Put another way, Craig reflects his state's values pretty well: opposed to outside interference but not to outside assistance, socially conservative but skeptical of concentrated authority. Not fully libertarian, but with a stronger libertarian streak than you'd find in Connecticut or South Carolina.

The second figure is Bill Richardson, a Democrat, who's vying with John Edwards for the third-place spot in the race for his party's presidential nod. In the '90s, Richardson worked in Washington as Bill Clinton's secretary of energy and ambassador to the United Nations; since 2003 he has served as governor of New Mexico. My colleague David Weigel has already taken a close look at Richardson's record, and he found that, like Craig's, it's a mixed bag. Gov. Richardson slashed some taxes but raised some others; he supports medical marijuana and gun rights, but signed a statewide smoking ban.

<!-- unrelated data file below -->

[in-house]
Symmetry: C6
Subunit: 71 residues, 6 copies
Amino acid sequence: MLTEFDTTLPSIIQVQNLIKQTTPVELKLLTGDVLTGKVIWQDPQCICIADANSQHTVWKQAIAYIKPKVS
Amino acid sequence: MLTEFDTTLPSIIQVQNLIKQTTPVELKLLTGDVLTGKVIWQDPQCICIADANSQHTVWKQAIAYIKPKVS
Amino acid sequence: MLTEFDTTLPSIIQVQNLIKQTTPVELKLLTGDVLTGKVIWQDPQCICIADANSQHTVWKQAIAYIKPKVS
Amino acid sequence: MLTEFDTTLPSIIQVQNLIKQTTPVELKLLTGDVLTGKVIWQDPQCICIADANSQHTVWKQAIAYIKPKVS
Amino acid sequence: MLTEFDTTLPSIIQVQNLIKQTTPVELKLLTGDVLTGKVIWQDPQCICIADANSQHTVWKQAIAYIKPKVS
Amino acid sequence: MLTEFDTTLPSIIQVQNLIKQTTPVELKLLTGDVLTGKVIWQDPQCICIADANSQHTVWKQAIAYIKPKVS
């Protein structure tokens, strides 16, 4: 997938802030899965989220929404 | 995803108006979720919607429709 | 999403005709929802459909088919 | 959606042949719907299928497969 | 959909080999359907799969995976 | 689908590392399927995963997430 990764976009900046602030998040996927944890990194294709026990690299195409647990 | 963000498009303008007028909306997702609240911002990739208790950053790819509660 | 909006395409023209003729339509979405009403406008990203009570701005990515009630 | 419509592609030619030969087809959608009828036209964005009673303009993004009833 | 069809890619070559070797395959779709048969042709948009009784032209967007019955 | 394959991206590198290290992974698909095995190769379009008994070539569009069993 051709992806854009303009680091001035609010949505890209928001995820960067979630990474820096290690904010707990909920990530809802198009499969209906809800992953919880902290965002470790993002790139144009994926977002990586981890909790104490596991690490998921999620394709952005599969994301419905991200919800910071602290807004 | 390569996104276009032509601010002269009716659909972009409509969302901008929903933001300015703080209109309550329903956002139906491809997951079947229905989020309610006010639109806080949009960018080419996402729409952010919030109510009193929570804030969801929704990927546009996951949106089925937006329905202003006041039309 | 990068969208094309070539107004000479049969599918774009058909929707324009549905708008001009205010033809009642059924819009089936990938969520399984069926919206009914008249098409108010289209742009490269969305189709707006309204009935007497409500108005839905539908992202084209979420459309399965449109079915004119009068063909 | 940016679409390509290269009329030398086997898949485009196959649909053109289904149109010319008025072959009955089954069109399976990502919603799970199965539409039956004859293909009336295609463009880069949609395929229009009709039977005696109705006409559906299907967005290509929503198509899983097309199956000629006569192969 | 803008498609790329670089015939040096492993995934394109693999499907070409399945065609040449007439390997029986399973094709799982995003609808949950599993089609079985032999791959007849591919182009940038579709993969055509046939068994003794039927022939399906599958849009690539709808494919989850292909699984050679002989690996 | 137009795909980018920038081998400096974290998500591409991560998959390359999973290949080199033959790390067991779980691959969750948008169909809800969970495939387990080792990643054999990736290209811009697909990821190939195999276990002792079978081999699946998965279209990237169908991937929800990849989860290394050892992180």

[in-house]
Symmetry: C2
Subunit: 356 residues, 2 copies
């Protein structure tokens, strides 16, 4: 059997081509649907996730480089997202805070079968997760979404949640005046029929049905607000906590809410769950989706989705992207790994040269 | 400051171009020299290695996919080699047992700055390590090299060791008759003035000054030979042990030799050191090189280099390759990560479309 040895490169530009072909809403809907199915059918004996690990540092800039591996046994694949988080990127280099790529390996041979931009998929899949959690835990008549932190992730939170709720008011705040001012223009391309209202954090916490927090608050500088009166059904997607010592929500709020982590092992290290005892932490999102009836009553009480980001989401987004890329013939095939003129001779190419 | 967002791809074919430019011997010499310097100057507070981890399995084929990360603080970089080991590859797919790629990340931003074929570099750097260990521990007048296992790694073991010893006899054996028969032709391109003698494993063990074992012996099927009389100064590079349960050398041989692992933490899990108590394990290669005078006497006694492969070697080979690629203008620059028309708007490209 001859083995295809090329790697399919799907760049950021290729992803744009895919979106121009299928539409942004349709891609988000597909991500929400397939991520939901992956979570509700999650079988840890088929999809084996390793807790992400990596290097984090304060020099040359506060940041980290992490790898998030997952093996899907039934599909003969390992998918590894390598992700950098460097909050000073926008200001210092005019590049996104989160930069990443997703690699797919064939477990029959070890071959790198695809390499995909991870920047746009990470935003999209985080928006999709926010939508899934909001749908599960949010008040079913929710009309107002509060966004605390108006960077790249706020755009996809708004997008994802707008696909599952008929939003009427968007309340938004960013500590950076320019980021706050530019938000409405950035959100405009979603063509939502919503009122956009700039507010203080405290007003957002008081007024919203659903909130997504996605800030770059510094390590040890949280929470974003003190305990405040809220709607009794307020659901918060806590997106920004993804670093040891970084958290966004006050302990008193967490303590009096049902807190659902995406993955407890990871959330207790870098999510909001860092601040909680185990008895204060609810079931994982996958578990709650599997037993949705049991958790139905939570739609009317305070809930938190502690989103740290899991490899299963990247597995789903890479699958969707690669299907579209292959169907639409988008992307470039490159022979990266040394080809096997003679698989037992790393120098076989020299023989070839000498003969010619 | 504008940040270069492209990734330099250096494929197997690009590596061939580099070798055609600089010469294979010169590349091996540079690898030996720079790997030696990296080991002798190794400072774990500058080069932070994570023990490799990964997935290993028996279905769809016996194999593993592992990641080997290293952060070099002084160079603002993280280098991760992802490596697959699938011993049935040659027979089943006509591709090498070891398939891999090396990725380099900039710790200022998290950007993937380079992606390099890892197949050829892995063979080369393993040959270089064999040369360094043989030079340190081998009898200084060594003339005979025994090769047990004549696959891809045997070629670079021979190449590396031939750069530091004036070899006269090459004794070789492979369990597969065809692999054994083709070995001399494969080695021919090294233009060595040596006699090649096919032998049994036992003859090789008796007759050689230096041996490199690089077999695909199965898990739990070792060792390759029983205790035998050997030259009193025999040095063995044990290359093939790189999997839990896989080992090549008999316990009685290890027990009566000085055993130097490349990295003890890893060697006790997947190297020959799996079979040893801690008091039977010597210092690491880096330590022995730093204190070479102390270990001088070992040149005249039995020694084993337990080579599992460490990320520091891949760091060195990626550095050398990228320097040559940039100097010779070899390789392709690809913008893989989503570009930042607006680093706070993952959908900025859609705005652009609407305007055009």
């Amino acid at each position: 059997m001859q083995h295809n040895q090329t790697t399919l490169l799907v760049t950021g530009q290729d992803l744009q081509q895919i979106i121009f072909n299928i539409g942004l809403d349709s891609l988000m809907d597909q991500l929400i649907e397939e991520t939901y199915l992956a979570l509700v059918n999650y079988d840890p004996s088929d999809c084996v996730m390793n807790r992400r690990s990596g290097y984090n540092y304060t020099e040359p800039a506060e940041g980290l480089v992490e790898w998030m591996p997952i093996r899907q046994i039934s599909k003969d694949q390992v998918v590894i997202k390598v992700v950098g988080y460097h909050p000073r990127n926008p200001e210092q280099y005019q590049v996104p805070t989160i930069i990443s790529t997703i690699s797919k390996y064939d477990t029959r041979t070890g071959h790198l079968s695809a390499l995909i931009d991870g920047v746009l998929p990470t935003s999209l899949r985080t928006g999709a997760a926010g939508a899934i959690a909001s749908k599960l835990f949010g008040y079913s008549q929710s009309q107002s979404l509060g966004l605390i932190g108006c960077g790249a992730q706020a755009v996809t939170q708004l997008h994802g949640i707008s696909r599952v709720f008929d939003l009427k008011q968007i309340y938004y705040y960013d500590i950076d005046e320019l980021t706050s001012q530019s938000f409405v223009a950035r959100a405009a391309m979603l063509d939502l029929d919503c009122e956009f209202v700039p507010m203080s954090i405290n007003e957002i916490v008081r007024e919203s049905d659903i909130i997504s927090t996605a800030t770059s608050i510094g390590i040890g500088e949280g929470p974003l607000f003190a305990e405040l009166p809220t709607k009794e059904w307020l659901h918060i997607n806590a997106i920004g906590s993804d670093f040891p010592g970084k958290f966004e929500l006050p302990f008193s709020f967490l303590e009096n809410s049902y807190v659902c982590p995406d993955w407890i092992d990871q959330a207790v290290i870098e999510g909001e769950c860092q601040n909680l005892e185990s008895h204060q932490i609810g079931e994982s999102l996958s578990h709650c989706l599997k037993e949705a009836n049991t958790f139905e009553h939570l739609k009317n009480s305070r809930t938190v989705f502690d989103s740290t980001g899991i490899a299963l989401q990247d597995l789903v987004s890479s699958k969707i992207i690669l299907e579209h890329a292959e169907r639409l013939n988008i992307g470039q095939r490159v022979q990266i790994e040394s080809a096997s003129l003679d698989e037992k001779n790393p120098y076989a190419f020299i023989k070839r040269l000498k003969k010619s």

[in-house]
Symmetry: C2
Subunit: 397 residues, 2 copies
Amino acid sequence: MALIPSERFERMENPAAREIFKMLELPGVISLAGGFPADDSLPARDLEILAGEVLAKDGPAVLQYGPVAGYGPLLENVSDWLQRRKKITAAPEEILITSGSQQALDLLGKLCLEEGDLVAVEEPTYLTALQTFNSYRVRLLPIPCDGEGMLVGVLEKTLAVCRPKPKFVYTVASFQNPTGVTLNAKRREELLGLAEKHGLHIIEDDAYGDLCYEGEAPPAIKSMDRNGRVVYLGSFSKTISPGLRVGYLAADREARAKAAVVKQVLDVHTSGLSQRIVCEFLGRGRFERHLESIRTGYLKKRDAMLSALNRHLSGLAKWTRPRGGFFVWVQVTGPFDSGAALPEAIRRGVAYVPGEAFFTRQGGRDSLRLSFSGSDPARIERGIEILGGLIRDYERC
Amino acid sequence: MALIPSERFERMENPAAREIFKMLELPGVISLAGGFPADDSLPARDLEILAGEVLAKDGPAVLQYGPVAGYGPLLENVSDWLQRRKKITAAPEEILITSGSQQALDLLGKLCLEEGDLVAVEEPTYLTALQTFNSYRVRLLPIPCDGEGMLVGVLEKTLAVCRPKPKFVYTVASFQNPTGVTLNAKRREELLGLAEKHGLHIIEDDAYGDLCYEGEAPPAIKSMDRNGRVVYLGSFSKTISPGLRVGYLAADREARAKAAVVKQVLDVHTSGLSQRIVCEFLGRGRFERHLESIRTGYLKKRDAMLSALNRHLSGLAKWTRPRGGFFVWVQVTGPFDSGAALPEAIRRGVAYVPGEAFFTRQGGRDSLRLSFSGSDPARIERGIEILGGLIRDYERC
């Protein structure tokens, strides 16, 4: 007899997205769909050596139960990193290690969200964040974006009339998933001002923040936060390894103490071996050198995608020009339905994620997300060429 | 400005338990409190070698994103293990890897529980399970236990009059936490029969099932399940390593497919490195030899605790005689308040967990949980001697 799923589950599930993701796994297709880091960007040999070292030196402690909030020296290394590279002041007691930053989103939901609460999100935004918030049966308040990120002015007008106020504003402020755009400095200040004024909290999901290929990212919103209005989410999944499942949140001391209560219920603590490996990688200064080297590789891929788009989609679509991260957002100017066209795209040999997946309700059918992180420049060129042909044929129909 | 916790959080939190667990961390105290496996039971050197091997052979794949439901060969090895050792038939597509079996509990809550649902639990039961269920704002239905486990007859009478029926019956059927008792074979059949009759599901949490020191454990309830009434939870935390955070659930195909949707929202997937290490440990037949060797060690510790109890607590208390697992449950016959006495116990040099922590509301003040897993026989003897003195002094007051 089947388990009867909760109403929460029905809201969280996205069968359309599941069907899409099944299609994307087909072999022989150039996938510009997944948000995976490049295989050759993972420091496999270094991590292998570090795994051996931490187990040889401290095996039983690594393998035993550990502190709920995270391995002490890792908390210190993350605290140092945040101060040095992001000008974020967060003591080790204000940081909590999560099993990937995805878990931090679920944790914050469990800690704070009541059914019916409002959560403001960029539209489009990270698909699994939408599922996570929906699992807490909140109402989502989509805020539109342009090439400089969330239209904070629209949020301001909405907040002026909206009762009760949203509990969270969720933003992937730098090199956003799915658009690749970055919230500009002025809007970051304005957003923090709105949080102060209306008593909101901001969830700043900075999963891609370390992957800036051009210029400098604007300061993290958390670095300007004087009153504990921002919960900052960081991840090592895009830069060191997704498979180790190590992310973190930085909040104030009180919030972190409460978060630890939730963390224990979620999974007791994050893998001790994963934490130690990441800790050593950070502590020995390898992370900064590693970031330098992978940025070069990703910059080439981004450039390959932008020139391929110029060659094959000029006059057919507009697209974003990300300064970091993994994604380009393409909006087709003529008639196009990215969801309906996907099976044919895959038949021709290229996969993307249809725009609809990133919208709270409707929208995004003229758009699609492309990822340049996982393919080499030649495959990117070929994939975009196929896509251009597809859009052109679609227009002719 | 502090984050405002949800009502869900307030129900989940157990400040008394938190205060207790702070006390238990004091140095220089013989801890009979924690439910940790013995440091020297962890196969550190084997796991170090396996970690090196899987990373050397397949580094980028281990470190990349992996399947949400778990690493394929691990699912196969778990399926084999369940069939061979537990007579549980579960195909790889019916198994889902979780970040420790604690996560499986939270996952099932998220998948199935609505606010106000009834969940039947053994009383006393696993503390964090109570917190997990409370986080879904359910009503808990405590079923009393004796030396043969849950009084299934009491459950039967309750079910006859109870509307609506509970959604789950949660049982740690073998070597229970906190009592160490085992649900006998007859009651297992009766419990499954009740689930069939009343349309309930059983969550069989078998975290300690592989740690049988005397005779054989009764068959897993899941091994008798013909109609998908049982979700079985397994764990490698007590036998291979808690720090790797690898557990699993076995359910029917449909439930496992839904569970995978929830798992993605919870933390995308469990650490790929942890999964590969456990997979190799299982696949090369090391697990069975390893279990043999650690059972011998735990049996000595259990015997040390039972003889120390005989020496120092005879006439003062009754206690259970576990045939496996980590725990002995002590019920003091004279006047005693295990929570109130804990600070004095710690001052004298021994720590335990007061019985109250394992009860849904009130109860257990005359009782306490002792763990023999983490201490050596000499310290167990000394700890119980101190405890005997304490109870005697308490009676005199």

But even with those caveats, the most striking thing about the man is how much more attractive he is in Santa Fe than he was in Washington. As governor of New Mexico, Richardson cut income, capital gains, and gross receipts taxes. As secretary of energy, he persecuted Wen Ho Lee. As the New Mexico–based candidate for president, he has staked out the most antiwar stance this side of Ron Paul, Dennis Kucinich, and Mike Gravel: He wants a quick withdrawal, exiting Iraq in just six to eight months. As ambassador to the U.N., he was a conventional internationalist, and even after moving to the Department of Energy he found time to defend Clinton's war in Kosovo.